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In theory, you can connect 127 I2C devices in parallel to the same pins, provided they each have a unique address. So I would go ahead and try connect them to the same pins.
tldr – Balance your motors and do in-flight accelerometer trim.
I think I’ve managed to resolve the drift problem. In case anyone else runs into this same problem, I thought I’d give some feedback on what steps I took:
1.) Motor vibrations
Apparently motor vibrations are a big cause of roll drift in angle mode. There is an entire discussion on this on the Cleanflight github page. It seems the consensus is to mount the FC on a shock-absorbing gel material. This is clearly not possible for the F3FC tri. The other option is to mount the motors on gel padding, but this would probably require a redesign of the motor mounts.
Armed with this knowledge, I spun up each motor in turn with the props off and looked at the accelerometer graph in the motors tab of cleanflight. I noticed that at *exactly* 1573 throttle, the right motor would cause a large positive Y accelerometer value. It was not like a normal oscillation that goes up and down, but just a large positive value (like 0.3), so clearly some kind of aliasing was going on. At one click up or down throttle, this vibration would disappear.
Using small squares of adhesive vinyl, I managed to balance the motor to remove the vibrations at this throttle value. Both motors now showed constant vibrations of 0.0015 over the entire. Further balancing got these vibrations down to 0.001, but I’m not certain if this final step was actually necessary.
2.) Accelerometer calibration
I placed the tricopter on a glass jar and repeated the accelerometer calibration, but this time I ensured that the frame itself was level, and not just the table, in case the jar was skew. I did this by placing a bubble level meter (spirit level) on top of the tricopter frame and adding shims until it was perfectly level.
3.) Bench tailtune and ESC calibration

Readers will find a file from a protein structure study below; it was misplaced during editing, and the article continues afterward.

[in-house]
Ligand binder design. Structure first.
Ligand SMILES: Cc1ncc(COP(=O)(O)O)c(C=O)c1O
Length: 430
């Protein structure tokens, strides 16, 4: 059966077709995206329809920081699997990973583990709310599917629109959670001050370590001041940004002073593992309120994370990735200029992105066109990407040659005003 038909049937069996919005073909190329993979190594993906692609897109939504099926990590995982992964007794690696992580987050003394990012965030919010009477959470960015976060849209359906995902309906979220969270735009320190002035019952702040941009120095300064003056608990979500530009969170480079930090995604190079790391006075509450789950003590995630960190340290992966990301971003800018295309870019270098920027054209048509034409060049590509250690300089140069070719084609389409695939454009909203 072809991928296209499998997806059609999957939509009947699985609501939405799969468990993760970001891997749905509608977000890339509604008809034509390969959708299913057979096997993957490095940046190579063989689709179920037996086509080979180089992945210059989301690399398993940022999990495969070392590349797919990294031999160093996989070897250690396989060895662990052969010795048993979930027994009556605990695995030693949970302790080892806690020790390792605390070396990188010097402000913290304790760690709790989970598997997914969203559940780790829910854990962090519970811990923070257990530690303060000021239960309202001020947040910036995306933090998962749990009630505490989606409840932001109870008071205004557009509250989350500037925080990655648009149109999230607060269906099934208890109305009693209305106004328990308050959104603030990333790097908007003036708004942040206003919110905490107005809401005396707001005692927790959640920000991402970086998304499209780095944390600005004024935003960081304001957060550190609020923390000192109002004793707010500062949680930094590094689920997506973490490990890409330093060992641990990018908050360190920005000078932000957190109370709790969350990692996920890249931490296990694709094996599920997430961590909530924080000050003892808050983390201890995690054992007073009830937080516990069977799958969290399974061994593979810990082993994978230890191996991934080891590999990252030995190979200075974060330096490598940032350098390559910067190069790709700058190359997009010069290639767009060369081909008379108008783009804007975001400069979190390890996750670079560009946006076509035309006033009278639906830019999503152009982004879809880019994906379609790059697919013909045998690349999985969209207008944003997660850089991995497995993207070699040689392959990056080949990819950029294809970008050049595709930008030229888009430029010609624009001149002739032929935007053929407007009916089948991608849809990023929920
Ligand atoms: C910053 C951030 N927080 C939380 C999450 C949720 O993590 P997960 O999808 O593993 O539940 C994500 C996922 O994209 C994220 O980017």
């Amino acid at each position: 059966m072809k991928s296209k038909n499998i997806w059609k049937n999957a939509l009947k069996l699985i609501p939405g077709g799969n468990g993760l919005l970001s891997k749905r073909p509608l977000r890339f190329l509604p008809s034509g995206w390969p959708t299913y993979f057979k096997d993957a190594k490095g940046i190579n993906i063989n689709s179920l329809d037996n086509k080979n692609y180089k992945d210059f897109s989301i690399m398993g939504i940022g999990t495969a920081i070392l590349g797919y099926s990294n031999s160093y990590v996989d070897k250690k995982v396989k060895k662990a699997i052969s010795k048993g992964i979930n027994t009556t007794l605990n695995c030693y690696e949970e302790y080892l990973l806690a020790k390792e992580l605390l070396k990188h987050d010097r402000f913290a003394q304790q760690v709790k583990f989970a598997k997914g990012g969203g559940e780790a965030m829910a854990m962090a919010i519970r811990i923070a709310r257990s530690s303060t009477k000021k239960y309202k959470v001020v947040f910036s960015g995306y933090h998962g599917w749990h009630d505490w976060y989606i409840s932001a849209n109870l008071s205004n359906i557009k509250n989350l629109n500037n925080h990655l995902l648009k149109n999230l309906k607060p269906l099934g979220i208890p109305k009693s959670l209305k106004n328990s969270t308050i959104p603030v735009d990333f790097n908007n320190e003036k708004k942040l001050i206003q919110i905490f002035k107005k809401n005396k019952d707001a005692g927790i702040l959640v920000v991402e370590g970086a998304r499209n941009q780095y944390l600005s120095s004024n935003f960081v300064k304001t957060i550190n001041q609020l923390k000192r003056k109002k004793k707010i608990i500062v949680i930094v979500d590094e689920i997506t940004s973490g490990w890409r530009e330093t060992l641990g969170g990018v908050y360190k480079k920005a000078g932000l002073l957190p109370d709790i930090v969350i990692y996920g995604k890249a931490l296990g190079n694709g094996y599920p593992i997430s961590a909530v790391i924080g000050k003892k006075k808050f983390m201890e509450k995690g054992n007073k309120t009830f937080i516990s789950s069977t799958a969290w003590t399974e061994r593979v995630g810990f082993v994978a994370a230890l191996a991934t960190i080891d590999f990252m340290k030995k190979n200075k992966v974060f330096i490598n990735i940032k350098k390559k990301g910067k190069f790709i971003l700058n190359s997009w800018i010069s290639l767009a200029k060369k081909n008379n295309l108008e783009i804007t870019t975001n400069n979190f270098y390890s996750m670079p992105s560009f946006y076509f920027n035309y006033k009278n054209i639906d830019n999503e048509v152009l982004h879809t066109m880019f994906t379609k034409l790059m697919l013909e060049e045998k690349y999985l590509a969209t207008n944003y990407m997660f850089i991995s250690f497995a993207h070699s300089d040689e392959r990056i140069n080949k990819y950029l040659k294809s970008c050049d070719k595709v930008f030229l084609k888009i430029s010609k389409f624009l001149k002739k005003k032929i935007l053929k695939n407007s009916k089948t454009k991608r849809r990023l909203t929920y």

I reran both of these just to be safe.
4.) In-flight accelerometer trim
At the field, I took off in angle mode and immediately noticed that the drift to the right was significantly less. Previously, I required 50% stick movement to keep it still, now it was more like 5-10%. I removed this final drift use stick commands to trim the accelerometer (process is described on the Triflight Checklist, under Accelerometer Hover Calibration). Around 10 movements were required.
It now hovers perfectly still… well, provided the wind stops blowing, which is only did for a few seconds at a time yesterday.
Thanks everyone for all the tips.
NI2O, to keep things simple, you can just keep the tri in angle mode all the time until you are comfortable flying it.
Assign one switch to arm.
Assign the other switch to tailtune.
Assign angle mode to any switch, but move the “sliders” in the GUI so that angle mode is always selected, regardless of switch position.
Once you get the tricopter tamed, you can then use the tailtune switch to change modes instead.
You can also use the rate mixing that Bengt suggests, but I would recommend keeping things simple at the start.13 July, 2016 at 00:19 in reply to: Tri-copter Drifts to right in angle and/or Horizon. #30939
Ok thanks. So which version did you upgrade to?12 July, 2016 at 23:46 in reply to: Tri-copter Drifts to right in angle and/or Horizon. #30935
@branbepic, I have the exact same problem with the mini tri drifting to the right in angle mode. Did you ever find a viable solution to this?